DOJ Files To Drop Charges Against Russian 'Bot Farms' That Fought Mueller Indictment

Less than a year after a US District court judge dealt a blow to the "Russian active measures" talking point when she ruled that Robert Mueller failed to link them to the Kremlin, the Justice Department has moved to drop all charges against the shell companies accused of interfering in the 2016 US election.

Mueller charged the companies, Concord Management and Concord Consulting in 2018 - along with 13 Russians and another company, the Internet Research Agency - in what prosecutors claimed was a sophisticated scheme to "knowingly and intentionally"  divide America through disinformation and election interference.

To Mueller's surprise, Concord actually showed up to a Washington courtroom to fight the charges - which Mueller's team tried to delay by claiming that Concord never served in the case, as they didn't 'properly' answer the special counsel's summons. When Concord argued that they appeared as provided by the Federal Rules of Criminal Procedure, US District Court Judge Dabney Friedrich agreed.

I don’t think anyone (including Mueller) anticipated that any of the defendants would appear in court to defend against the charges. Rather, the Mueller prosecutors seem to have obtained the indictment to serve a public relations purpose, laying out the case for interference as understood by the government and lending a veneer of respectability to the Mueller Switch Project.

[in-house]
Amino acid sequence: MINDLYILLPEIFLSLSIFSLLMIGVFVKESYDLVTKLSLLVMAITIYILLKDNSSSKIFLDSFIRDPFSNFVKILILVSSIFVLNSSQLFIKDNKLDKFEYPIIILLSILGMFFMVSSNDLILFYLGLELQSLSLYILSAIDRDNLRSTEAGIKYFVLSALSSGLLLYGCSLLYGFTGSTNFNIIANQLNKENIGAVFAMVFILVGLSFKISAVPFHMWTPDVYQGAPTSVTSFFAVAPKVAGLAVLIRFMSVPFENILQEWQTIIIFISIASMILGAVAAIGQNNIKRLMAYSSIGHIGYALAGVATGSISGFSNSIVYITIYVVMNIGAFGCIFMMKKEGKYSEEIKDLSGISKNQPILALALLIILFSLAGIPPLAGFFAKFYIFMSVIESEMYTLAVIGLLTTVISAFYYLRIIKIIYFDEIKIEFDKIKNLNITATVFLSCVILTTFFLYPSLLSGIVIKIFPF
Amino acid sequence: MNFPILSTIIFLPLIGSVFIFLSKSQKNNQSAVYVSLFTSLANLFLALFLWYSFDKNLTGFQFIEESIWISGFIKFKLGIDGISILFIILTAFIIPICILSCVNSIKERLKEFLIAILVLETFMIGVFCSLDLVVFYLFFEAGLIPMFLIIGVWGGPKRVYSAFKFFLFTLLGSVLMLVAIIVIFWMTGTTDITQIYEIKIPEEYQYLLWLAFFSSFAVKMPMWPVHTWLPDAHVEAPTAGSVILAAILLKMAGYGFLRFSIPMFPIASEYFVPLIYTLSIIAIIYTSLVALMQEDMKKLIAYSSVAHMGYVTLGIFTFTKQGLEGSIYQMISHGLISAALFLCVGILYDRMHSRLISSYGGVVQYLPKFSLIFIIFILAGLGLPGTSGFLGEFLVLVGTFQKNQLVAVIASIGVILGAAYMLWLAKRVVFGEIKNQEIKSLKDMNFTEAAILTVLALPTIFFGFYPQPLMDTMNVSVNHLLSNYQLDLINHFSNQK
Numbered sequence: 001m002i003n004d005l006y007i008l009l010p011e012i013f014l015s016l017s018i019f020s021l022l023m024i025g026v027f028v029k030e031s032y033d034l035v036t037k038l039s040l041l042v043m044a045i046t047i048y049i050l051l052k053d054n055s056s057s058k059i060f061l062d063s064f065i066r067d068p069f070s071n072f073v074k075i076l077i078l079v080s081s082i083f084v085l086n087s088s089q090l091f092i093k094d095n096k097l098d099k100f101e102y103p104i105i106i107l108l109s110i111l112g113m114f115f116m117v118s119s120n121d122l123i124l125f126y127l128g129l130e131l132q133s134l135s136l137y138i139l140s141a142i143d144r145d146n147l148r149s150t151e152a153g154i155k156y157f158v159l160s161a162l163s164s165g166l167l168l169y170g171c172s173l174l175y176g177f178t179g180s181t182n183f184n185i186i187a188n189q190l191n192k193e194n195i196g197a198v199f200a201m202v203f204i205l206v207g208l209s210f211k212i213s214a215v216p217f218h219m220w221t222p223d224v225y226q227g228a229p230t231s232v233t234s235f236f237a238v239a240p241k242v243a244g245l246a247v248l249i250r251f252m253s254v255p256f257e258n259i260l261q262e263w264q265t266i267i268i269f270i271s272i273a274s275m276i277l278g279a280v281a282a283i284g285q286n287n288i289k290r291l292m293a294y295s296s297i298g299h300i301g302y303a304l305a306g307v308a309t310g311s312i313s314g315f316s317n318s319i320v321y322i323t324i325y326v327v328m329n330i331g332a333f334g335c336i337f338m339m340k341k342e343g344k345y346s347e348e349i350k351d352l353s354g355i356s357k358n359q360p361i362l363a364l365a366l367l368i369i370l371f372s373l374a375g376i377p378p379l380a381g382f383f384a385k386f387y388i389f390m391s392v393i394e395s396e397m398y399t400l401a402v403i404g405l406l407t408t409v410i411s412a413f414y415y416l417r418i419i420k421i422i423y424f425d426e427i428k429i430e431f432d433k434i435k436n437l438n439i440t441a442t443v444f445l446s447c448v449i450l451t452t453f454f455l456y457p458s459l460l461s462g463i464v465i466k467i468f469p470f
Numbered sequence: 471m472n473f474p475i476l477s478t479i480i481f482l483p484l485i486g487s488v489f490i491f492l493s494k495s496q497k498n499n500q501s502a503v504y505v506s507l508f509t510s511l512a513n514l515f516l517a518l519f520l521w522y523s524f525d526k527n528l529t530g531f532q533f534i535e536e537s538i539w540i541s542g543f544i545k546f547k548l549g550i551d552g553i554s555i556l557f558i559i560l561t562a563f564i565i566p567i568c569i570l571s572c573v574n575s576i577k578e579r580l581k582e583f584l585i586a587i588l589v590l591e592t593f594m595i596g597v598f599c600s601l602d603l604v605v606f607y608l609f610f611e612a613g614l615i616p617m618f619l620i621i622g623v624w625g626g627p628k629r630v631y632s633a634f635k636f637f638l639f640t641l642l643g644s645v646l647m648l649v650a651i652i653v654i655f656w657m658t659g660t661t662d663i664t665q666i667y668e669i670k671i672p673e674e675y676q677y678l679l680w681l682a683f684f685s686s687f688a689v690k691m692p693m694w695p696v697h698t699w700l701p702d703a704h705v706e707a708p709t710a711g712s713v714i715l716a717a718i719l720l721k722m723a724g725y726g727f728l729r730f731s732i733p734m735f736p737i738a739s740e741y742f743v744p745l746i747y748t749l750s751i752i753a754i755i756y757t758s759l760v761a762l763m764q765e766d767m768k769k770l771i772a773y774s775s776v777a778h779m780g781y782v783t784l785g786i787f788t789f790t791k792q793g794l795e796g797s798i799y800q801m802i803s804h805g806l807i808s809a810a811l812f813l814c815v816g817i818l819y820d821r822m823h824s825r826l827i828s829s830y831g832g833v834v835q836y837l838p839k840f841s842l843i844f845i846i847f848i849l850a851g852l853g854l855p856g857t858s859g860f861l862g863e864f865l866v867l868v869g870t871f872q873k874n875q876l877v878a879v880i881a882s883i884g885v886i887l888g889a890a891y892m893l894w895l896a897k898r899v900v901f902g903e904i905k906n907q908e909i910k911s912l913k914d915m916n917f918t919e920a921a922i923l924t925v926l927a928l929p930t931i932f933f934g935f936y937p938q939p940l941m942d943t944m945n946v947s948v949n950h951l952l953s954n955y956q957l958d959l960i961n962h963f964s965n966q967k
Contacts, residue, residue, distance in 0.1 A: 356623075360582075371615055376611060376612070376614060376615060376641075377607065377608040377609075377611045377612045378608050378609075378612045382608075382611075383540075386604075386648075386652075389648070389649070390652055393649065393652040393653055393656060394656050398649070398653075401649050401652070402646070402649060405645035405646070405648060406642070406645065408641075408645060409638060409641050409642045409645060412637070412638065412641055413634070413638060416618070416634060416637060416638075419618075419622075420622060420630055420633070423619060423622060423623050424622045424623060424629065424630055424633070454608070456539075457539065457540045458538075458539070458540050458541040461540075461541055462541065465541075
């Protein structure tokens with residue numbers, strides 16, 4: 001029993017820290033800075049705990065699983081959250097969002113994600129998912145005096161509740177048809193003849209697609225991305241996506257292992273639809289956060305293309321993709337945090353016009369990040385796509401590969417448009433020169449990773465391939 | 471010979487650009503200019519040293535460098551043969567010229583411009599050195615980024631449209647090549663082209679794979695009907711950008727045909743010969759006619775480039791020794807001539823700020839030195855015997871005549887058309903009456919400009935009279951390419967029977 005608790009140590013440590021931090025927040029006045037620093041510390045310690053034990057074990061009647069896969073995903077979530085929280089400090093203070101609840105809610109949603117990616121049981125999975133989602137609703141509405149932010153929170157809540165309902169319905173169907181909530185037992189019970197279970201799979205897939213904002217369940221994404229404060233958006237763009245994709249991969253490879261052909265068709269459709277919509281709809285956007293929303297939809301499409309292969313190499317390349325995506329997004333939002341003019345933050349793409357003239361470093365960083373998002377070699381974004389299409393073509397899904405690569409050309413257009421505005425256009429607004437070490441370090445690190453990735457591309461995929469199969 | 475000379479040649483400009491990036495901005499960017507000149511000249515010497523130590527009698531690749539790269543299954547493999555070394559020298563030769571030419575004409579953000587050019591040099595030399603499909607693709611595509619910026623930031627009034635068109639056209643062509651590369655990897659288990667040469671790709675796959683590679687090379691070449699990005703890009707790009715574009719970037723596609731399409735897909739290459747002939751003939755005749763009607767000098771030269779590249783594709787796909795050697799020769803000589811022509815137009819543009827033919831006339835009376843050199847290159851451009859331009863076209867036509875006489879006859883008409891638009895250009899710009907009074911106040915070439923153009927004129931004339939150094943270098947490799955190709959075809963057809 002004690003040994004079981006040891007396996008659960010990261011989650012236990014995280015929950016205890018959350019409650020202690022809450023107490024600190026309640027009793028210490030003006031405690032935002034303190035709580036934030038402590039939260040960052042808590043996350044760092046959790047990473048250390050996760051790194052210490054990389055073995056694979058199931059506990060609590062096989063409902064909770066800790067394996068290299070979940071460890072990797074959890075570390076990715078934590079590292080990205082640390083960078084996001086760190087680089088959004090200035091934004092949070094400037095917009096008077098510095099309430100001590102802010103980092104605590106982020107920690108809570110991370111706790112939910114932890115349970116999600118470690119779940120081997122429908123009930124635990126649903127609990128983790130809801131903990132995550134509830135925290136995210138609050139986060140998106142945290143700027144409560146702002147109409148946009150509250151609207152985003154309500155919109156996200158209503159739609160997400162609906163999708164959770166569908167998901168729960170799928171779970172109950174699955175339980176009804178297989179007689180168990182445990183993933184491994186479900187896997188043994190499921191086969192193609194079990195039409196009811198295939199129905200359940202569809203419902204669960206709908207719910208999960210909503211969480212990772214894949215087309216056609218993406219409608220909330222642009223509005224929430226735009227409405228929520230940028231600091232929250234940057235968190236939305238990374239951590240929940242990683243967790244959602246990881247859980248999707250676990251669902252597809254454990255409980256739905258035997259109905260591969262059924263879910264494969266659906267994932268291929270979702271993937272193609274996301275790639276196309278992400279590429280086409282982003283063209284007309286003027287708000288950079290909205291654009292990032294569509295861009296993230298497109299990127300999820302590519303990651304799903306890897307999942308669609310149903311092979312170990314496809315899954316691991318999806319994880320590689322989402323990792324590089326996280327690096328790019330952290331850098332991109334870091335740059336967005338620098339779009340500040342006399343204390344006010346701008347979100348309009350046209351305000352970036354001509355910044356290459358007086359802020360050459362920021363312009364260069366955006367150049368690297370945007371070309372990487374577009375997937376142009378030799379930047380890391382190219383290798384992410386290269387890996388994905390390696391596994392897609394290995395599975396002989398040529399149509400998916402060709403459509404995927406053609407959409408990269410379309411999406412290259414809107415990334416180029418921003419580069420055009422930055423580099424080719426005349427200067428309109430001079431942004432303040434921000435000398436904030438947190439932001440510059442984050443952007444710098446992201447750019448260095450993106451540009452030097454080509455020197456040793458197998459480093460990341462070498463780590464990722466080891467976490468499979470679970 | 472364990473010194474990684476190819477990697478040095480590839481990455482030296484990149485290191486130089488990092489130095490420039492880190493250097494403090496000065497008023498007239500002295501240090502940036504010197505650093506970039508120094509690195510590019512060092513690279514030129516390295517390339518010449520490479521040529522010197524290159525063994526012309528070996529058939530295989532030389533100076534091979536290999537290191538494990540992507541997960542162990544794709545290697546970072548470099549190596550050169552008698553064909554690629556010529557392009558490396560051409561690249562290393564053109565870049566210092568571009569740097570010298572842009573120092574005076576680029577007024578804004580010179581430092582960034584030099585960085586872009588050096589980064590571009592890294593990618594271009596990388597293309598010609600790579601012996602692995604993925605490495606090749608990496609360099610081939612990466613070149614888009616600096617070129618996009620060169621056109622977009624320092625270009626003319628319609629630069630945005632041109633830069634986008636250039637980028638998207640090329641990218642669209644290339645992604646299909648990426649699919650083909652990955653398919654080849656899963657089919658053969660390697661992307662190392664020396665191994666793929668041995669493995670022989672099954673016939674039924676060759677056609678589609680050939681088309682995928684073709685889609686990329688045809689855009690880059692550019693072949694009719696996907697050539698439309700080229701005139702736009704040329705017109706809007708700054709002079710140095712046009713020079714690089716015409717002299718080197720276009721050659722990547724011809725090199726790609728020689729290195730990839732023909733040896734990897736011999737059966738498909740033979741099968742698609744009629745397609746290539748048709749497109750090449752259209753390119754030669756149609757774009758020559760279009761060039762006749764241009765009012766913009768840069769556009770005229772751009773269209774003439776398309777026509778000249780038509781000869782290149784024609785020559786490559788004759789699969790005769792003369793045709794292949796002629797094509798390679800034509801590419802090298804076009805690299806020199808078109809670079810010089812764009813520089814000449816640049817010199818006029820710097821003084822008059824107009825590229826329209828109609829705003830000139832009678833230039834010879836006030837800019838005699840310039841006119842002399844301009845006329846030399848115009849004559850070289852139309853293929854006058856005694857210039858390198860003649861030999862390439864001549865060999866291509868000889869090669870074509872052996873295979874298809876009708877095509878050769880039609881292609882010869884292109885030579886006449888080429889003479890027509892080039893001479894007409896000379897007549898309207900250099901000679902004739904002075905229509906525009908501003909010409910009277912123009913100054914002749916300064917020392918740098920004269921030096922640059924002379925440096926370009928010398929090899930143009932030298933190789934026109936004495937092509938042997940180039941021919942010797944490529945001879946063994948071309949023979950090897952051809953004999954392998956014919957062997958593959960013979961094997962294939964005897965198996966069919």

One of the Russian corporate defendants nevertheless hired counsel to contest the charges. In April two Washington-area attorneys — Eric Dubelier and Kate Seikaly of the Reed Smith firm — filed appearances in court on behalf of Concord Management and Consulting. Josh Gerstein covered that turn of events for Politico here. -Powerline Blog

Prosecutors fought tooth and nail to keep confidential information out of Concord's hands - arguing that the defendants would obtain details about the government's sources and methods. Judge Friedrich, however, ruled last September that it was "significant and prejudicial that the government itself drew a link between these defendants and the Russian government," adding "In short, the Court concludes that the government violated Rule 57.7 by making or authorizing the release of public statements that linked the defendants' alleged activities to the Russian government..."

So, with trial approaching next month, prosecutors recommended that the Justice Department drop the charges against the companies in order to preserve national security interests and, as the New York Times describes it, "prevent Russia from weaponizing delicate American law enforcement information." Another factor was that the defendants - even if found guilty, would be difficult to meaningfully punish in the United States.

"Concord has been eager and aggressive in using the judicial system to gather information about how the United States detects and prevents foreign election interference," prosecutors said in a Monday court filing.

Of note, the day the charges were levied against the Russians which included allegations of a wide-ranging influence campaign over social media, former Facebook then-VP of advertising Rob Goldman admitted in a series of tweets that the majority of advertising purchased by Russians on Facebook occurred after the election - and their strategy was to "sow discord and divide Americans", as opposed to help Donald Trump win.

Hillary Clinton, meanwhile, paid a former UK spy to use Russian sources in a sham dossier, which the Obama FBI used to obtain a warrant to spy on the Trump campaign - while rumors of the Trump colluding with Russia were seeded to the media a month before the election by said operative. Meddlingly.